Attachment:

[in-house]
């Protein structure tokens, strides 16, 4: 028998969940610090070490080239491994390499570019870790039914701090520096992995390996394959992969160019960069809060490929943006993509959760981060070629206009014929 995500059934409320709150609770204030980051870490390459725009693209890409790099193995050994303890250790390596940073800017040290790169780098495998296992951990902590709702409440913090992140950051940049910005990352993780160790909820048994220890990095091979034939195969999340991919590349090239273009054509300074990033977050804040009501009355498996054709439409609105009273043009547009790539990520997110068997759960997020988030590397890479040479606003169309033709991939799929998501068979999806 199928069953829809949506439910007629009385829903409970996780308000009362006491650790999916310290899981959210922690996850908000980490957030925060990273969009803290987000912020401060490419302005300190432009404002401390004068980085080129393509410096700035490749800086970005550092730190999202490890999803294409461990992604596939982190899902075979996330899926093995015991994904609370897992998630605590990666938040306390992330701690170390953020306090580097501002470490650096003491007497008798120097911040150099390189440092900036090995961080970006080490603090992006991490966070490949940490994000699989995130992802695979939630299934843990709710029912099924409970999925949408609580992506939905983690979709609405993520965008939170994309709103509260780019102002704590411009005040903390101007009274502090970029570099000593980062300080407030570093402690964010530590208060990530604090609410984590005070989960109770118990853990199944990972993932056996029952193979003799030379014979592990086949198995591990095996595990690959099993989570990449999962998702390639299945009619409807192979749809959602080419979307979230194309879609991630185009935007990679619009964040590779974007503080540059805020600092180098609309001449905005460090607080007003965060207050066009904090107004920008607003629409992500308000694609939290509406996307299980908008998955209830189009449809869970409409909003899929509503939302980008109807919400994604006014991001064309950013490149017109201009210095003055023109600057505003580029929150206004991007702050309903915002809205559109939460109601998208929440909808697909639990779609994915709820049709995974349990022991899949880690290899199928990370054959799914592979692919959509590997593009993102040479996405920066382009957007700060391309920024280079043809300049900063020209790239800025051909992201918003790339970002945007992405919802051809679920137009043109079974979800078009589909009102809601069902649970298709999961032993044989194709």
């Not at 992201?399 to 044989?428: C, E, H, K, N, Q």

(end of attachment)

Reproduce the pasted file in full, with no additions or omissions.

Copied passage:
[in-house]
């Protein structure tokens, strides 16, 4: 028998969940610090070490080239491994390499570019870790039914701090520096992995390996394959992969160019960069809060490929943006993509959760981060070629206009014929 995500059934409320709150609770204030980051870490390459725009693209890409790099193995050994303890250790390596940073800017040290790169780098495998296992951990902590709702409440913090992140950051940049910005990352993780160790909820048994220890990095091979034939195969999340991919590349090239273009054509300074990033977050804040009501009355498996054709439409609105009273043009547009790539990520997110068997759960997020988030590397890479040479606003169309033709991939799929998501068979999806 199928069953829809949506439910007629009385829903409970996780308000009362006491650790999916310290899981959210922690996850908000980490957030925060990273969009803290987000912020401060490419302005300190432009404002401390004068980085080129393509410096700035490749800086970005550092730190999202490890999803294409461990992604596939982190899902075979996330899926093995015991994904609370897992998630605590990666938040306390992330701690170390953020306090580097501002470490650096003491007497008798120097911040150099390189440092900036090995961080970006080490603090992006991490966070490949940490994000699989995130992802695979939630299934843990709710029912099924409970999925949408609580992506939905983690979709609405993520965008939170994309709103509260780019102002704590411009005040903390101007009274502090970029570099000593980062300080407030570093402690964010530590208060990530604090609410984590005070989960109770118990853990199944990972993932056996029952193979003799030379014979592990086949198995591990095996595990690959099993989570990449999962998702390639299945009619409807192979749809959602080419979307979230194309879609991630185009935007990679619009964040590779974007503080540059805020600092180098609309001449905005460090607080007003965060207050066009904090107004920008607003629409992500308000694609939290509406996307299980908008998955209830189009449809869970409409909003899929509503939302980008109807919400994604006014991001064309950013490149017109201009210095003055023109600057505003580029929150206004991007702050309903915002809205559109939460109601998208929440909808697909639990779609994915709820049709995974349990022991899949880690290899199928990370054959799914592979692919959509590997593009993102040479996405920066382009957007700060391309920024280079043809300049900063020209790239800025051909992201918003790339970002945007992405919802051809679920137009043109079974979800078009589909009102809601069902649970298709999961032993044989194709």
């Not at 992201?399 to 044989?428: C, E, H, K, N, Q």